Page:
end of the 1920s, very few were widely available.2
The publication of soldiers’ memoirs followed a very different pattern.
Very few had been produced during the war itself,3 but the late 1920s
and early 1930s saw an outpouring of powerful and moving memoirs,
which were produced in large numbers and were widely read. Among
them were Edmund Blunden’s Undertones of War, SiegfriedSassoon’s
Memoirs of a Fox-Hunting Man, Erich Maria Remarque’s All Quiet on
the Western Front, and Robert Graves’s Goodbye to All That.4 Soon
after the publication of the earliest soldier
’s Progress.1 The romantic, narrative trope involved the testing
of a (male) hero, through the ‘ordeal’ of his experience. If he could
withstand this test, he would be transformed through ‘apotheosis’ – a
process that mirrored religious ideas of transcendence. The hero was,
therefore, not just courageous, but also saintly: morally and spiritually pure. For the young men of the war generation, combat was their
ordeal; surviving it with ‘honour’ would result in self-transformation.
Such ‘myths’ were exploded, after the war, by writers such as Siegfried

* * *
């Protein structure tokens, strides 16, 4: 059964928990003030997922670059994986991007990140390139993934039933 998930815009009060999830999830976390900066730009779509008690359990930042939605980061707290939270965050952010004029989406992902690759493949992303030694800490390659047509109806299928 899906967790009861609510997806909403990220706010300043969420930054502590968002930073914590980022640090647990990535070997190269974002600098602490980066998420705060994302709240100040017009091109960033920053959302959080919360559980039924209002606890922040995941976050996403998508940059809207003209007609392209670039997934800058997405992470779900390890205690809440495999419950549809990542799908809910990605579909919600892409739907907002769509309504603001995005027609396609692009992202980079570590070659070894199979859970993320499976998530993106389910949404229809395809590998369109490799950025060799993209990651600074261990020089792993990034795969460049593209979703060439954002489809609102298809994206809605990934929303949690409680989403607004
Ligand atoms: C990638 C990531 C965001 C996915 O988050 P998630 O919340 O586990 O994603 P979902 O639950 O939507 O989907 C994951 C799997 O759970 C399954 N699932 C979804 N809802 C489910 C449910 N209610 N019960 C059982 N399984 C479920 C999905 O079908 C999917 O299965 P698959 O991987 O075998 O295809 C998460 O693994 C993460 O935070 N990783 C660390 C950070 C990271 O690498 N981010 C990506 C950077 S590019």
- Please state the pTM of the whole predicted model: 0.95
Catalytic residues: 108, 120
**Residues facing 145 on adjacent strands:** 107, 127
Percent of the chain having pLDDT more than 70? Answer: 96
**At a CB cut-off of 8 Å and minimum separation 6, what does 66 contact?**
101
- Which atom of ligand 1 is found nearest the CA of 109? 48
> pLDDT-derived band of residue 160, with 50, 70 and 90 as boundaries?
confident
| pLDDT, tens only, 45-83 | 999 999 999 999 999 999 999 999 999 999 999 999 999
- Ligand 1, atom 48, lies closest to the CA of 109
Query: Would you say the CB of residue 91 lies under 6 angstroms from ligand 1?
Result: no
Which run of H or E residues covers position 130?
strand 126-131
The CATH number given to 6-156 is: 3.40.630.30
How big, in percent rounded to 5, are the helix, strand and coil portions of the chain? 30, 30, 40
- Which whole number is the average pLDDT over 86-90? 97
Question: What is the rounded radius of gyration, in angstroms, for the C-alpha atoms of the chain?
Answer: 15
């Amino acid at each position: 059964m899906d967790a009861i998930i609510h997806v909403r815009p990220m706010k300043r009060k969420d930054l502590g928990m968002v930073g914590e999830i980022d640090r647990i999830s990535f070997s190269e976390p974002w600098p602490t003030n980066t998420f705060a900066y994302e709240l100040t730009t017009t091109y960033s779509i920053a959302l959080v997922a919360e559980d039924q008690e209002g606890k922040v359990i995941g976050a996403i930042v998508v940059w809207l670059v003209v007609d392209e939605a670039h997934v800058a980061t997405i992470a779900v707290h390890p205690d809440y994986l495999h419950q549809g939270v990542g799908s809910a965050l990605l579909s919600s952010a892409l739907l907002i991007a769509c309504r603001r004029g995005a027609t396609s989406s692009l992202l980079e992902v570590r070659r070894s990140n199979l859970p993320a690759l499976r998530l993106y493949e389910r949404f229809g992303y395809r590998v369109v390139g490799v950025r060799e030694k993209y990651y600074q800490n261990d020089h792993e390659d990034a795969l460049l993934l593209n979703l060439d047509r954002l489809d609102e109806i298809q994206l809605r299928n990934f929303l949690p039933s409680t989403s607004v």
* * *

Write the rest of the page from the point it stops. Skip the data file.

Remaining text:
Balance, malleability and anthropology: historical contexts
Expedition to the Torres Strait; he later did ethnographic work in India and the Solomon Islands.
It is as psychiatrist to First World War poet SiegfriedSassoon that Rivers is best known, and Rivers's evidence to the War Office Committee of Enquiry into ‘Shell-Shock’ shows how his work is explicitly concerned with adaptation, specifically with the effects of being unable to adapt to circumstances. He argues that ‘Every animal has a natural reaction to danger … and man's is manipulation of such a kind as to get him out
to destruction. It was also an act of feminism. In her later memoir,
Testament of Experience, Brittain described how she had read the
war memoirs of Robert Graves, Richard Aldington, Erich Maria
Remarque, Ernest Hemingway, Edmund Blunden, and SiegfriedSassoon, and wondered: ‘Why should these young men have the war
to themselves?’.41 Women, too, had entered war with high ideals, suffered disillusionment, and then somehow found the courage to go on.
Although Testament of Youth was written primarily in memory of the
men Brittain had lost – her fiancé